WASHINGTON – Gallaudet University athletics is proud to participate in the fifth annual NCAA Division III Week (April 4-10) in an effort to celebrate the impact athletics and Bison student-athletes have on our campus and surrounding community. GU is joining 450 Division III institutions and 43 conferences in this week’s celebration.
To help focus on the many student-athletes that represent Gallaudet athletics we will spotlight two different student-athlete each day this week. You will learn more about them as they express their feelings on what it is like to be a Division III student-athlete here at Gallaudet. Interviews were conducted by the Gallaudet Sports Information Office.
Freshman Jamal Garner (Jacksonville, Ill.) is in his first year with the men's basketball and men's track and field teams and is hoping to graduate in 2019 with a degree in accounting and a minor in athletic coaching.
In My Own Words: Jamal Garner
What is it like to be a student-athlete in college?
JG: High school was easy, but in college you need to work on time management. Especially with practice, studying, homework, working out and sleeping. You have to balance your whole life, and sometimes you will be overwhelmed if you put it off. I’m learning how to work on my time management with all of the things I have to do. Homework is my first priority, then sports, then time for fun, and then sleep. Getting good grades is important to your GPA (grade point average).
What is it like to be a student-athlete at Gallaudet University?
JG: When I first started school it was crazy because there was so much going on. My first year here was a big difference from high school where I could depend on my parents. Here it is all on me. Then I used to depend on my mom to wake me up, here I set my alarm and get up myself. I am expected to check blackboard and turn in all of my assignments, but in high school everything was put down in my planner. I’m starting to change and I’m learning the right and wrong ways to manage my time.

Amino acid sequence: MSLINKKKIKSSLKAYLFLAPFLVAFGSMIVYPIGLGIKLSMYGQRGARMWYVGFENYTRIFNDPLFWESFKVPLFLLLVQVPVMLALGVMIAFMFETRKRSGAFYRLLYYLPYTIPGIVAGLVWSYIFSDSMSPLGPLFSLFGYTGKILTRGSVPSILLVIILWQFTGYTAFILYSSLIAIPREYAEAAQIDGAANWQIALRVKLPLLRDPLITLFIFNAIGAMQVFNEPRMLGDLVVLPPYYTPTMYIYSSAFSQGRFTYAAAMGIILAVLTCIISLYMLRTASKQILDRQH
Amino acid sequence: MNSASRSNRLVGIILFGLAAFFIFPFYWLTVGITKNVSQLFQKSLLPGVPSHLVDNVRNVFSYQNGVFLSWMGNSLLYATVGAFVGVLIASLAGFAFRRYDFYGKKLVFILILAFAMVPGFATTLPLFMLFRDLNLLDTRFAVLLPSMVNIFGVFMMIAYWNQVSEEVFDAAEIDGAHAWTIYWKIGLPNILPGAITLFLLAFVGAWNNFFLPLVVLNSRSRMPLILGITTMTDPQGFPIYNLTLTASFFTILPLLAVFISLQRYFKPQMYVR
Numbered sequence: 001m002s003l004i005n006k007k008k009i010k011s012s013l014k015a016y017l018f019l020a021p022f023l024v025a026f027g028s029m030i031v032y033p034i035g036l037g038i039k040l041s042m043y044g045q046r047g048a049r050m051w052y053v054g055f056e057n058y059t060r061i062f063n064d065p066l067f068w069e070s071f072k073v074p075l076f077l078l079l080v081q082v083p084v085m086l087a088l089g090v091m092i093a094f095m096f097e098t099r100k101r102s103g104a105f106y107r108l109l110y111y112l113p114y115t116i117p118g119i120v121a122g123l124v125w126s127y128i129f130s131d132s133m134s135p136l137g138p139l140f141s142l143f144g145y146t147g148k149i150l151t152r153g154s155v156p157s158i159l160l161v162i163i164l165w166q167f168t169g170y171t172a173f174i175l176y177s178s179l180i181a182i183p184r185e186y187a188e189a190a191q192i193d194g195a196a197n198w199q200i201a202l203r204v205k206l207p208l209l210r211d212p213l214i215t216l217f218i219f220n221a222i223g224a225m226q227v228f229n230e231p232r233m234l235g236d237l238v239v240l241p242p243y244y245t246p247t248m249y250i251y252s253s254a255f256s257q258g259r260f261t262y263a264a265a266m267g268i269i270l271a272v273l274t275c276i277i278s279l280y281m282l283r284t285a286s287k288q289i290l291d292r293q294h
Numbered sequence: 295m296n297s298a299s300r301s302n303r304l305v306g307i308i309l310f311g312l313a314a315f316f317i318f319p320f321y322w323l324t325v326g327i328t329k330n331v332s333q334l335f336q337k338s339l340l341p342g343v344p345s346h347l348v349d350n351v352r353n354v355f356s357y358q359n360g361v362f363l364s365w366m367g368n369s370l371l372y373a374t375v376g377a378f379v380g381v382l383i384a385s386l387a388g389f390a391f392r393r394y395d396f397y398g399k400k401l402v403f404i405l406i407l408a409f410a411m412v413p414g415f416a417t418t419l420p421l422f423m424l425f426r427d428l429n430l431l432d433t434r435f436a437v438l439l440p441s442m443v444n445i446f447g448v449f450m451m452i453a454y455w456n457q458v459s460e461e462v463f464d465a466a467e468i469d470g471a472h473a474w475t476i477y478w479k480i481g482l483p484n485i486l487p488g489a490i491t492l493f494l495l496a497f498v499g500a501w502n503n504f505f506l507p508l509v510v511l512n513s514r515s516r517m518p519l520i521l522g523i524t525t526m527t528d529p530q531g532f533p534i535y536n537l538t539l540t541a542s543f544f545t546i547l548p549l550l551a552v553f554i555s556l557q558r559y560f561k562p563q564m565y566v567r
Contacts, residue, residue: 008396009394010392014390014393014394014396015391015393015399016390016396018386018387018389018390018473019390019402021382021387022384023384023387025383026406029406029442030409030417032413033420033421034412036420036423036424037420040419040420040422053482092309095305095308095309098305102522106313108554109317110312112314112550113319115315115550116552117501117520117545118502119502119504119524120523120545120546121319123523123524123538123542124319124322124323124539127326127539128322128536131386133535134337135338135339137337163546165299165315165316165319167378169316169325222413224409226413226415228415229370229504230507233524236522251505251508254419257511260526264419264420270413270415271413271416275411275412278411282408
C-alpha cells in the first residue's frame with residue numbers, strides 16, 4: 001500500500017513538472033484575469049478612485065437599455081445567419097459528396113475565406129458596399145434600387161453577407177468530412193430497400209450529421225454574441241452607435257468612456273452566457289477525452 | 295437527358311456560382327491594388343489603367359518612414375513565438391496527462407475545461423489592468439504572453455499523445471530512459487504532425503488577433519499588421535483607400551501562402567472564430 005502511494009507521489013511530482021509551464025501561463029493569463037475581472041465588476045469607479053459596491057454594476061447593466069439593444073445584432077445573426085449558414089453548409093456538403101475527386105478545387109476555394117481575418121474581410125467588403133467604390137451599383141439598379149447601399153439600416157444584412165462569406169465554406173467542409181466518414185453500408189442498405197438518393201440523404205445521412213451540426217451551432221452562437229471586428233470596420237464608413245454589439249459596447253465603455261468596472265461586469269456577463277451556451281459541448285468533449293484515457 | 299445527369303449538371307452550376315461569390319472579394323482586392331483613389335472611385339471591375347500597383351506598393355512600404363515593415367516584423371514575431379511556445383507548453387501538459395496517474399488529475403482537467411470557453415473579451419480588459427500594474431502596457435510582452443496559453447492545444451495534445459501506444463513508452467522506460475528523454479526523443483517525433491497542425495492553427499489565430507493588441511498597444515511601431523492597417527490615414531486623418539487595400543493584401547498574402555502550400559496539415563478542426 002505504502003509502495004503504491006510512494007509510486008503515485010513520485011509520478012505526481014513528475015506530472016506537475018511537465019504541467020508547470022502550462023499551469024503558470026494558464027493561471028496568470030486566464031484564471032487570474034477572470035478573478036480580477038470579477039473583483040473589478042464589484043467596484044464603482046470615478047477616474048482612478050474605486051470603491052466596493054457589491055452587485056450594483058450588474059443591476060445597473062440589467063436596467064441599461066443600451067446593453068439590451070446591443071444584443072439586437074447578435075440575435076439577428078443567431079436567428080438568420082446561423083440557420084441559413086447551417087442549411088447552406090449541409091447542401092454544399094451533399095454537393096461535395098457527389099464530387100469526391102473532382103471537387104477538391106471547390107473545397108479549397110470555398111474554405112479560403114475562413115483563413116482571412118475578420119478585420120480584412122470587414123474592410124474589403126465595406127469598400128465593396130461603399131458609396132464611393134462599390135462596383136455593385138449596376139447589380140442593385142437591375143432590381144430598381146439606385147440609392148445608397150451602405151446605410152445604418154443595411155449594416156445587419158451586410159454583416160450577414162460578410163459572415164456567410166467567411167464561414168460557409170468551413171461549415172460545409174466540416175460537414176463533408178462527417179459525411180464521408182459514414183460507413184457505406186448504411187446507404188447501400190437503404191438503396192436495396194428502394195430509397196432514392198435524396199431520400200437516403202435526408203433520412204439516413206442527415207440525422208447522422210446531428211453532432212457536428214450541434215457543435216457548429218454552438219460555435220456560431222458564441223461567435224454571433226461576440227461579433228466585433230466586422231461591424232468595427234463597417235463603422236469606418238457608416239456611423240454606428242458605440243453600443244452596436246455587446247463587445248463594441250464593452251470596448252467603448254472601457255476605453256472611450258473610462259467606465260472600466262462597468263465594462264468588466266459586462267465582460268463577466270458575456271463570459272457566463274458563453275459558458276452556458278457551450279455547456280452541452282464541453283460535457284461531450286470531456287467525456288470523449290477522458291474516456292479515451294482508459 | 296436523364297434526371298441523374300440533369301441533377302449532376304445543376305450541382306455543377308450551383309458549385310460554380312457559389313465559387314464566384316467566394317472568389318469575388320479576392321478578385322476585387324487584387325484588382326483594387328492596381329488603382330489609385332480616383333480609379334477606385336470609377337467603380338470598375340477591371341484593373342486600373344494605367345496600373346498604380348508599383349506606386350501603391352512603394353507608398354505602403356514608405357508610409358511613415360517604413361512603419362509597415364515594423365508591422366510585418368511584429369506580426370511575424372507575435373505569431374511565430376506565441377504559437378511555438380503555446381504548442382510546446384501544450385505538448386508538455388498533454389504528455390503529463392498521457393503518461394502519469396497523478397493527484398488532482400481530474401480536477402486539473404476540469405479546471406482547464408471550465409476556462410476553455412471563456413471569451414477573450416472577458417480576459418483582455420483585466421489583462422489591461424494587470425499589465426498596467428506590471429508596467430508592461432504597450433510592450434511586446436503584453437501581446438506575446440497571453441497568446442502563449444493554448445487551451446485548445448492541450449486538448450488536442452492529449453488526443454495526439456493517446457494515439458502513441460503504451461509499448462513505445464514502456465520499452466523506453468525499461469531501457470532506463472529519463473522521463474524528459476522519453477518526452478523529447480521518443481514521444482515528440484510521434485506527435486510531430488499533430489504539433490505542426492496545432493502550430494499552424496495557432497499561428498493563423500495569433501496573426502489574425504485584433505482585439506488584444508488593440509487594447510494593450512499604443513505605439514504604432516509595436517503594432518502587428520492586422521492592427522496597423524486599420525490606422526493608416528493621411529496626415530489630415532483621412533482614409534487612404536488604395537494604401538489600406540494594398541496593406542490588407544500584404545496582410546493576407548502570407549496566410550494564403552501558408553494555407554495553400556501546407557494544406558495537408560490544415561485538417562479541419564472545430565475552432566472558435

What are your goals after graduation, what do you hope to do in life?
JG: After I graduate I hope to be an accountant or work for a deaf school. I am thinking about being a middle school or high school basketball coach. I want the students to look up to me, I can offer good advice and I hope to inspire them.
This is your first year at Gallaudet, what can you tell us about your experience being part of the men’s basketball team and how has it helped you grow and impacted your performance in the classroom?
JG: I joined basketball because it helped me manage my time and keeps my grades up. I don’t think I could manage my time if I didn’t join basketball. Part of my commitment is study tables, and it really helped my GPA, I got all A’s! My advice is to never miss class. If you miss there is no guarantee you can get that information.
Division III Week Fact of the Day
Did you know that Division III student-athletes report greater involvement in volunteering.
Division III Week Student-Athlete Spotlight: In My Words
Sunday: Jamal Garner (Men's Basketball) | Jasmine Jeter (Women's Volleyball)
Saturday: Eric Setzer (Men's Soccer) | Jordan Hogan (Softball)
Friday: Toraneau Varice (Men's Track and Field) | Danielle Warren (Women's Basketball)
Thursday: Brad Peterson (Football) | Jamila Hubbard (Women's Track and Field)
Wednesday: David Bruno (Men's Swimming and Diving) | Jennifer Livengood (Women's Soccer)
Tuesday: Chase Magsig (Baseball) | Kevlasha Humphrey (Women's Cross Country)
Monday: Vicente Perez (Men's Cross Country) | Taylor Mickelson (Women's Swimming and Diving)
About Division III Week
Division III Week is a positive opportunity for all individuals associated with Division III to observe and celebrate the impact of athletics and of student-athletes on the campus and surrounding community. During the week, every Division III school and conference office is encouraged to conduct a type of outreach activity that falls into one of three categories: academic accomplishment; athletic experience; or leadership/community service/campus involvement. For more information log onto www.ncaa.org/about/division-iii-week-2016.
Gallaudet University, federally chartered in 1864, is a bilingual, diverse, multicultural institution of higher education that ensures the intellectual and professional advancement of deaf and hard of hearing individuals through American Sign Language and English. Gallaudet maintains a proud tradition of research and scholarly activity and prepares its graduates for career opportunities in a highly competitive, technological, and rapidly changing world. For more information about Gallaudet University please log onto www.gallaudet.edu.